For all the bells and whistles that a top-notch organization like the Raptors has access to, VanVleet believes it’s good old elbow grease that makes the difference when it counts.
“You find time to shoot,” he said. “That’s one thing, if you don’t do anything else when you come in, if it’s a treatment day, or you don’t want to go hard on the court, you find time to shoot. Just get shots up. Try to shoot the shots that you shoot in the game. That’s something that lasts all year, from as soon as the season’s over to mid-season, playoffs, you’re shooting every single day, and you can see the payoff. The players gotta want to do it first. You’ve got to want to be better, you’ve got to want to be a better shooter. You’ve got to be coachable. And then our coaches are right there along the way assisting us.”
As it happens, the central professional challenge facing Webster this season is a matter of organizational identity. After betting big on a 2018 trade for Leonard, the Raptors claimed their first title in franchise history. A few weeks after the championship parade, Leonard, the Finals MVP and Toronto’s most accomplished player, bolted for the Los Angeles Clippers as a free agent.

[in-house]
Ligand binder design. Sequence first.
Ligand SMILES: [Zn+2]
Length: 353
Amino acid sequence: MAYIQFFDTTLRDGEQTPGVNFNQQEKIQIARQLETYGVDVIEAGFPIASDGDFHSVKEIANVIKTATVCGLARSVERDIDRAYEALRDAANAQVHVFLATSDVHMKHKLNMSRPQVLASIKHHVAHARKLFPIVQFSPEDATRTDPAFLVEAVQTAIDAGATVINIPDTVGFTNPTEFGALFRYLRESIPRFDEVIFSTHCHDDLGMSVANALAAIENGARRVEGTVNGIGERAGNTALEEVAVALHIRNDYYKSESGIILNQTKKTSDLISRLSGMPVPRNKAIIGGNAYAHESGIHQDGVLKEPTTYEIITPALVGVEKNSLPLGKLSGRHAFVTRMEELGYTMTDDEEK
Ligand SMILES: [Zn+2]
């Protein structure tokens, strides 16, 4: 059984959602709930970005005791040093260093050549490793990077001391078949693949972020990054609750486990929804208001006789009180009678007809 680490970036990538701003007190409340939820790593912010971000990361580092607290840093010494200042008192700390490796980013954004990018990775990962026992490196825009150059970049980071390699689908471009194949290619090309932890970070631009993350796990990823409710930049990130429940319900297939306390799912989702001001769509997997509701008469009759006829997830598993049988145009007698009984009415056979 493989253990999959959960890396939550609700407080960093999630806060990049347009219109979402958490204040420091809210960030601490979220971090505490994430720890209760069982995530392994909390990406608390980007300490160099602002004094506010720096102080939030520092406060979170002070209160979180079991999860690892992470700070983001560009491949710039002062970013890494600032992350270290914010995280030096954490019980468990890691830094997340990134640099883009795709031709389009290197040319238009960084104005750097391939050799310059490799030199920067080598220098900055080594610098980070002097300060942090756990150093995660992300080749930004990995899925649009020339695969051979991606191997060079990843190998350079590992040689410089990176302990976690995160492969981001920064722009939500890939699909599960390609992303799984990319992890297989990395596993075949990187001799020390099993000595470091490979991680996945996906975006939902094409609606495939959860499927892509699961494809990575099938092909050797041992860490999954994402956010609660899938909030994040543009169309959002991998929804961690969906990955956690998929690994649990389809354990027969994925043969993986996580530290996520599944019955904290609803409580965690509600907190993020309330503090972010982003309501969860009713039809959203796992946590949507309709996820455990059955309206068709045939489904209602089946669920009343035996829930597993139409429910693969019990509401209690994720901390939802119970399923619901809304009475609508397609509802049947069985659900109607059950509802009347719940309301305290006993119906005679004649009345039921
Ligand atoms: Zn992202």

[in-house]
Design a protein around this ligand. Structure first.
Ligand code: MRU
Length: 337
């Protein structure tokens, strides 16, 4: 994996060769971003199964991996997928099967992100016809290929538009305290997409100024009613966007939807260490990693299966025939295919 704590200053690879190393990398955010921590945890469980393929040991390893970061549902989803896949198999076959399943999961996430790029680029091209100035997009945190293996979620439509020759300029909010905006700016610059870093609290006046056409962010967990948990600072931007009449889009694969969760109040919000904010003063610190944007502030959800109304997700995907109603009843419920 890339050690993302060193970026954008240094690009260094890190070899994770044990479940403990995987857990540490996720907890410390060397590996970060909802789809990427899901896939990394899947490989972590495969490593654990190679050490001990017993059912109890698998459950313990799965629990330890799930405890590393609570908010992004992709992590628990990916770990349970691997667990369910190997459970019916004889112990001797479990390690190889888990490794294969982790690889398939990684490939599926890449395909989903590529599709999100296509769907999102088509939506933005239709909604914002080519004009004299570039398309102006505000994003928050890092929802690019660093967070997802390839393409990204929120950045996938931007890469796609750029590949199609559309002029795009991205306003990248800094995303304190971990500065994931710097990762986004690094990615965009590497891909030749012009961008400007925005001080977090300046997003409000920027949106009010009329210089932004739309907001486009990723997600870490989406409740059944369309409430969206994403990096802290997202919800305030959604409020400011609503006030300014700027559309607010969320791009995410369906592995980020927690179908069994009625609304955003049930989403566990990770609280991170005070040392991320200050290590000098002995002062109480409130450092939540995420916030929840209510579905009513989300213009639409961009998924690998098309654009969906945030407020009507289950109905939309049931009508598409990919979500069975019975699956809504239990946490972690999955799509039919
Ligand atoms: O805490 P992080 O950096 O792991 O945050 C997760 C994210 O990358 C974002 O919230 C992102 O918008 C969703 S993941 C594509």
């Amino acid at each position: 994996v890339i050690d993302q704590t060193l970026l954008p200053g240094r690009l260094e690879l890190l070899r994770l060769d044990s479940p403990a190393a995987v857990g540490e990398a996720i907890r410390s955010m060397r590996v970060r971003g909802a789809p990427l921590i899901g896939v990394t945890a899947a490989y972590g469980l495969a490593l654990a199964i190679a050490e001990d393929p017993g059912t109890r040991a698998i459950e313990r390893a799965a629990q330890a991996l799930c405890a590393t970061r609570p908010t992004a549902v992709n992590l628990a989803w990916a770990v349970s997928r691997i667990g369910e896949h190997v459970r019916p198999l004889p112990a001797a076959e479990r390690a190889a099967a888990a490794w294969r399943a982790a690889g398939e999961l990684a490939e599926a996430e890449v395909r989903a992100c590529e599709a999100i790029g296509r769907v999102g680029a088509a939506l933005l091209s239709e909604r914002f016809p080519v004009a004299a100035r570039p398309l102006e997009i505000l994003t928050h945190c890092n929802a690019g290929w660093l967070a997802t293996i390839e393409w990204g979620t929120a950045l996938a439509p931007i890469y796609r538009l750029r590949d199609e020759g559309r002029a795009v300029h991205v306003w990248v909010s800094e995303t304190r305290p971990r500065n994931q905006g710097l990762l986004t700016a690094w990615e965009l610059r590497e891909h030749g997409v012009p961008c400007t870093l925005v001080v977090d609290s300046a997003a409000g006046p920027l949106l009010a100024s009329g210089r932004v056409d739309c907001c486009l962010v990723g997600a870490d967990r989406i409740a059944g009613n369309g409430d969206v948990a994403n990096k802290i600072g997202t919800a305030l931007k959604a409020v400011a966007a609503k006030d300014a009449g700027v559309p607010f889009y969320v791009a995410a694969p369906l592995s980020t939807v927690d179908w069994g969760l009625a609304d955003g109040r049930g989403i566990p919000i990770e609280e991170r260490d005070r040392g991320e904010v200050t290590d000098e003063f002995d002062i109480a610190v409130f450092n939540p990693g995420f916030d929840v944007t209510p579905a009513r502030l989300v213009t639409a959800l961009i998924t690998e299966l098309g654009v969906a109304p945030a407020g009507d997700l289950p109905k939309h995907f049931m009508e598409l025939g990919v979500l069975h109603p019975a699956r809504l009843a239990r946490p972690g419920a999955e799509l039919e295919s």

When a player of Leonard’s caliber leaves for nothing, bad things usually happen. LeBron James’s 2010 departure plunged the Cleveland Cavaliers into the lottery, a process that repeated when he left the Miami Heat in 2014 and the Cavaliers again in 2018. Kevin Durant’s Achilles’ injury and subsequent exit have played a major role in the Golden State Warriors’ collapse this season.
But Toronto is rolling along in its first season without Leonard, posting a 9-4 record and a strong plus-7.2 point differential. The Raptors have a split personality — battle-tested veterans mixed with hungry youngsters — but have meshed well to play a relentless, entertaining style of basketball. Pascal Siakam, the reigning Most Improved Player, has taken another leap, emerging as a franchise player with a more developed offensive game than he displayed last season.
Meticulous planning helped the Raptors shift gears. Webster, who was recruited by Ujiri from the NBA league office, where he spent seven years working on Collective Bargaining Agreement and salary cap matters, said that Toronto began thinking through the implications of Leonard’s departure before they even acquired him.